‘The park was once run down and occupied by petty criminals and the indigent. It was, in other words, a dodgy area. Now it has an outdoor gym, play areas for kids and so forth. Which is great if you happen to be going over the bridge to visit the park. If, on the other hand, you need to walk right, past the big vacant lot beneath the monument that’s used for driving lessons during the day, the one without any blue and yellow security guards… well, chances are you’ll encounter one of Metro Park’s erstwhile residents en route.

Newtown’s story shows the limits of top-down development drives. New parks, creative zones and business districts will never create a world class African city when the areas immediately surrounding these places are buckling under social pressure. Metro cops can drive as many hawkers from the traffic lights as they want – we all know the hawkers will return as soon as they are able, thanks to the brute force of social circumstance.

Maybe we need to mirror the energy and budget currently being pumped into our various development zones to better understand what life is like on the fringes of those zones. The results will be shocking, of course, but possibly if we put some serious government and civil society effort into mapping just how shitty and bereft of basic social services these places are, we will then be able to think about how to take meaningful steps to plan social service delivery for the people who occupy them. Perhaps, in other words, we need to start thinking about development as a street level exercise as much as we think about it as something that can be engineered through setting up new zones of commercial/ cultural activity.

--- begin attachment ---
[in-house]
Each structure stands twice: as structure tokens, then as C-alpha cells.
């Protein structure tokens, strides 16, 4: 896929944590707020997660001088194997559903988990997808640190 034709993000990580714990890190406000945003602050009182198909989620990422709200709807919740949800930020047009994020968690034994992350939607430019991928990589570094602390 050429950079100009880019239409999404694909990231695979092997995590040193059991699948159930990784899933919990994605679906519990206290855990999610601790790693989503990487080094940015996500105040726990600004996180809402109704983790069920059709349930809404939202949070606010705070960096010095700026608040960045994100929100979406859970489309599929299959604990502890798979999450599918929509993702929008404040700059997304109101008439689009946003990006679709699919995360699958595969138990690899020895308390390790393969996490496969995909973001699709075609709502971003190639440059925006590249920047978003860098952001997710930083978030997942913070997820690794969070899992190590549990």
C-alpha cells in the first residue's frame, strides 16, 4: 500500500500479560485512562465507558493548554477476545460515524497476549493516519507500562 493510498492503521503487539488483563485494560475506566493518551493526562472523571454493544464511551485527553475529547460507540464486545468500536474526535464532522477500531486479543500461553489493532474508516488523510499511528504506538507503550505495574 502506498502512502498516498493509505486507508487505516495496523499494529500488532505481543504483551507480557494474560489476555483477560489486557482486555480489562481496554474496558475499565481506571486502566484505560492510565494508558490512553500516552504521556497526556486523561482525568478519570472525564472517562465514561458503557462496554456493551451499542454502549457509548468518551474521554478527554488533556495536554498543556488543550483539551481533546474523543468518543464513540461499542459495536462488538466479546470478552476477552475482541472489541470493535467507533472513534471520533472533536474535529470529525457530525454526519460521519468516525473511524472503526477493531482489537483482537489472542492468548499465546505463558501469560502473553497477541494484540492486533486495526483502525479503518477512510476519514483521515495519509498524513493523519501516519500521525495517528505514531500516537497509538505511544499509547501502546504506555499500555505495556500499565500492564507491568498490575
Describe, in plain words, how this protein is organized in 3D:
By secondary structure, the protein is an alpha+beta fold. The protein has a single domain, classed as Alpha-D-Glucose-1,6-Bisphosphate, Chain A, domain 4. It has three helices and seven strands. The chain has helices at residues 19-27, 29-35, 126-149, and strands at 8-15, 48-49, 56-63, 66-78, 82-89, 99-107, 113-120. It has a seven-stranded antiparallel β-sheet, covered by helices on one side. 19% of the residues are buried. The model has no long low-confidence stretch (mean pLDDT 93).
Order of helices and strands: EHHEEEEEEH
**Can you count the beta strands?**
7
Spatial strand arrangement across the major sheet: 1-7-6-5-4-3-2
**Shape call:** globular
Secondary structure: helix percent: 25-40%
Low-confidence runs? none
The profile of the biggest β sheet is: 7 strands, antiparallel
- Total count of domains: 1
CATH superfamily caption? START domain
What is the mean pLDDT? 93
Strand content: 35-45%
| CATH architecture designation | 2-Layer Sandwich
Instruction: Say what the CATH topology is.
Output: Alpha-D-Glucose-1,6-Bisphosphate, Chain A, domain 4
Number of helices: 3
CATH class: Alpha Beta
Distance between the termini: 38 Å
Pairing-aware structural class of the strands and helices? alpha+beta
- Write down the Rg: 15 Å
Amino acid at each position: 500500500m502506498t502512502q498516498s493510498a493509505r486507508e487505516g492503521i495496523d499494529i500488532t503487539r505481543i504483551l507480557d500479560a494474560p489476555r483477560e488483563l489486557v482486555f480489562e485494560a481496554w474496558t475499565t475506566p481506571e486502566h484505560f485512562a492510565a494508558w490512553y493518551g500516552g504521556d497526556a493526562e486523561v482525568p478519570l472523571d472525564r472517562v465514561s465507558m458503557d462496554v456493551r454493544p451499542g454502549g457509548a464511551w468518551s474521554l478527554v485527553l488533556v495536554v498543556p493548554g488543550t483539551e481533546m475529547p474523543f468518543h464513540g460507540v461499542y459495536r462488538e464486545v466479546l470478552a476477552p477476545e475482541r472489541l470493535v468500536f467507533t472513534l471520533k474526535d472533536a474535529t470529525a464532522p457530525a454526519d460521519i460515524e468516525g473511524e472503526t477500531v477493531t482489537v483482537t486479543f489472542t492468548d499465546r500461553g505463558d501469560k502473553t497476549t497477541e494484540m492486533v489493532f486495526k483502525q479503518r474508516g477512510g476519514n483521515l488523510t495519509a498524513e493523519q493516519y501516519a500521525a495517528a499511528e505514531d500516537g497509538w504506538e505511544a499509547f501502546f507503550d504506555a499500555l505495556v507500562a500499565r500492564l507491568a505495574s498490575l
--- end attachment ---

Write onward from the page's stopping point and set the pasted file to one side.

What is the daily experience of an 11-year-old nyaope addict in Fordsburg, and how can it be improved? What is the experience of a recycler pulling his trolley through the city, and how can it be improved? What is the experience of a mother of four moving through Noord taxi rank every day, and how can it be improved? Answers to these complicated questions could hold the key to Jozi’s ability to reach a state where development and extensive security aren’t bound together as two sides of the same strategic coin.

Yes, it all sounds pretty pie-in-the-sky, but we need to bear in mind what Newtown is telling us. Namely, as long as development success is contingent upon the number of security guards on the block, we’re likely to remain trapped in a vicious circle of delicious coffee, crime and loosely defined social intentions. DM

Photo: A young man walks past a newly-developed housing project in Newtown, Johannesburg, South Africa, 23 February 2011. EPA/JON HRUSA